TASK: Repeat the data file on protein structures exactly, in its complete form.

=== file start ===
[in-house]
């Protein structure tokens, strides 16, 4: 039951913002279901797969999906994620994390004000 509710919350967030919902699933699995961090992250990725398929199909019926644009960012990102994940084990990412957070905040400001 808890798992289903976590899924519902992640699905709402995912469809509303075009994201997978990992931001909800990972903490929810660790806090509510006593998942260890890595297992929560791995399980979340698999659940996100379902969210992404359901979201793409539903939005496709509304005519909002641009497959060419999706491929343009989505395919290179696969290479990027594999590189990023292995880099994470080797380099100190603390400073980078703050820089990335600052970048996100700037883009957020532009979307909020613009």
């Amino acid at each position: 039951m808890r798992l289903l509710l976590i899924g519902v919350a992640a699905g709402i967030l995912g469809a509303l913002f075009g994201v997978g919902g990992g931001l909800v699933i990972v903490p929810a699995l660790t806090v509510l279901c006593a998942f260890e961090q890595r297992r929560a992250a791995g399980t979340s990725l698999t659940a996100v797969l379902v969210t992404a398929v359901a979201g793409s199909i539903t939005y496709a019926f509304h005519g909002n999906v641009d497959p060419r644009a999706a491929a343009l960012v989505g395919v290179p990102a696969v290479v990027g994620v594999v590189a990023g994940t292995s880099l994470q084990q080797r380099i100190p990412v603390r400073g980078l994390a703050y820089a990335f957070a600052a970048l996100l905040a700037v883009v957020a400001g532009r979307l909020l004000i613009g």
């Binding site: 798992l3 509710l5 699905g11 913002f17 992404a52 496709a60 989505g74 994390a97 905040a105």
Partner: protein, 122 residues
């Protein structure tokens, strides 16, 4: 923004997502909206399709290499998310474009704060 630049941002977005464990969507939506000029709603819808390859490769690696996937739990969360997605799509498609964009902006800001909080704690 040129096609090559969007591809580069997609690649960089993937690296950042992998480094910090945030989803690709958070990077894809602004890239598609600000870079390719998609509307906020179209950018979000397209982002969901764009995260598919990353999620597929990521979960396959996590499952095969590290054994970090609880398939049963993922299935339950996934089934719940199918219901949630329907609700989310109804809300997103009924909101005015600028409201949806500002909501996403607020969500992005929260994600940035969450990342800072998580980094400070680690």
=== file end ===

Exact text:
[in-house]
């Protein structure tokens, strides 16, 4: 039951913002279901797969999906994620994390004000 509710919350967030919902699933699995961090992250990725398929199909019926644009960012990102994940084990990412957070905040400001 808890798992289903976590899924519902992640699905709402995912469809509303075009994201997978990992931001909800990972903490929810660790806090509510006593998942260890890595297992929560791995399980979340698999659940996100379902969210992404359901979201793409539903939005496709509304005519909002641009497959060419999706491929343009989505395919290179696969290479990027594999590189990023292995880099994470080797380099100190603390400073980078703050820089990335600052970048996100700037883009957020532009979307909020613009």
């Amino acid at each position: 039951m808890r798992l289903l509710l976590i899924g519902v919350a992640a699905g709402i967030l995912g469809a509303l913002f075009g994201v997978g919902g990992g931001l909800v699933i990972v903490p929810a699995l660790t806090v509510l279901c006593a998942f260890e961090q890595r297992r929560a992250a791995g399980t979340s990725l698999t659940a996100v797969l379902v969210t992404a398929v359901a979201g793409s199909i539903t939005y496709a019926f509304h005519g909002n999906v641009d497959p060419r644009a999706a491929a343009l960012v989505g395919v290179p990102a696969v290479v990027g994620v594999v590189a990023g994940t292995s880099l994470q084990q080797r380099i100190p990412v603390r400073g980078l994390a703050y820089a990335f957070a600052a970048l996100l905040a700037v883009v957020a400001g532009r979307l909020l004000i613009g």
């Binding site: 798992l3 509710l5 699905g11 913002f17 992404a52 496709a60 989505g74 994390a97 905040a105």
Partner: protein, 122 residues
């Protein structure tokens, strides 16, 4: 923004997502909206399709290499998310474009704060 630049941002977005464990969507939506000029709603819808390859490769690696996937739990969360997605799509498609964009902006800001909080704690 040129096609090559969007591809580069997609690649960089993937690296950042992998480094910090945030989803690709958070990077894809602004890239598609600000870079390719998609509307906020179209950018979000397209982002969901764009995260598919990353999620597929990521979960396959996590499952095969590290054994970090609880398939049963993922299935339950996934089934719940199918219901949630329907609700989310109804809300997103009924909101005015600028409201949806500002909501996403607020969500992005929260994600940035969450990342800072998580980094400070680690």